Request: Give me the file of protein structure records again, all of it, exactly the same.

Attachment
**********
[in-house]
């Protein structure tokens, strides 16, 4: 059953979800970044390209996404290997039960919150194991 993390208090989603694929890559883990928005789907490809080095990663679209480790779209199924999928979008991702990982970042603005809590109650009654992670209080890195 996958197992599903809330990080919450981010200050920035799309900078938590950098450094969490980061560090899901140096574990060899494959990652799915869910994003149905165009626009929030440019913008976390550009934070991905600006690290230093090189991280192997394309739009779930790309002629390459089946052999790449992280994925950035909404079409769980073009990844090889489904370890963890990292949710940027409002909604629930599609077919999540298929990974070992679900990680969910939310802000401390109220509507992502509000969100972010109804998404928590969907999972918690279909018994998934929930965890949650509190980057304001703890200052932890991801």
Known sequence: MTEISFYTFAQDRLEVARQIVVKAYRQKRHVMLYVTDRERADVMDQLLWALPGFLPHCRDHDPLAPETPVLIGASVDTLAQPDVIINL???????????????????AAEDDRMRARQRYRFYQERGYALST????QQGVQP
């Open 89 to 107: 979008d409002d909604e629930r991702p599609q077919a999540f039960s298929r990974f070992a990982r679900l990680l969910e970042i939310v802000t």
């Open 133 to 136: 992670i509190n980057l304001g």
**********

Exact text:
[in-house]
């Protein structure tokens, strides 16, 4: 059953979800970044390209996404290997039960919150194991 993390208090989603694929890559883990928005789907490809080095990663679209480790779209199924999928979008991702990982970042603005809590109650009654992670209080890195 996958197992599903809330990080919450981010200050920035799309900078938590950098450094969490980061560090899901140096574990060899494959990652799915869910994003149905165009626009929030440019913008976390550009934070991905600006690290230093090189991280192997394309739009779930790309002629390459089946052999790449992280994925950035909404079409769980073009990844090889489904370890963890990292949710940027409002909604629930599609077919999540298929990974070992679900990680969910939310802000401390109220509507992502509000969100972010109804998404928590969907999972918690279909018994998934929930965890949650509190980057304001703890200052932890991801």
Known sequence: MTEISFYTFAQDRLEVARQIVVKAYRQKRHVMLYVTDRERADVMDQLLWALPGFLPHCRDHDPLAPETPVLIGASVDTLAQPDVIINL???????????????????AAEDDRMRARQRYRFYQERGYALST????QQGVQP
């Open 89 to 107: 979008d409002d909604e629930r991702p599609q077919a999540f039960s298929r990974f070992a990982r679900l990680l969910e970042i939310v802000t």
């Open 133 to 136: 992670i509190n980057l304001g």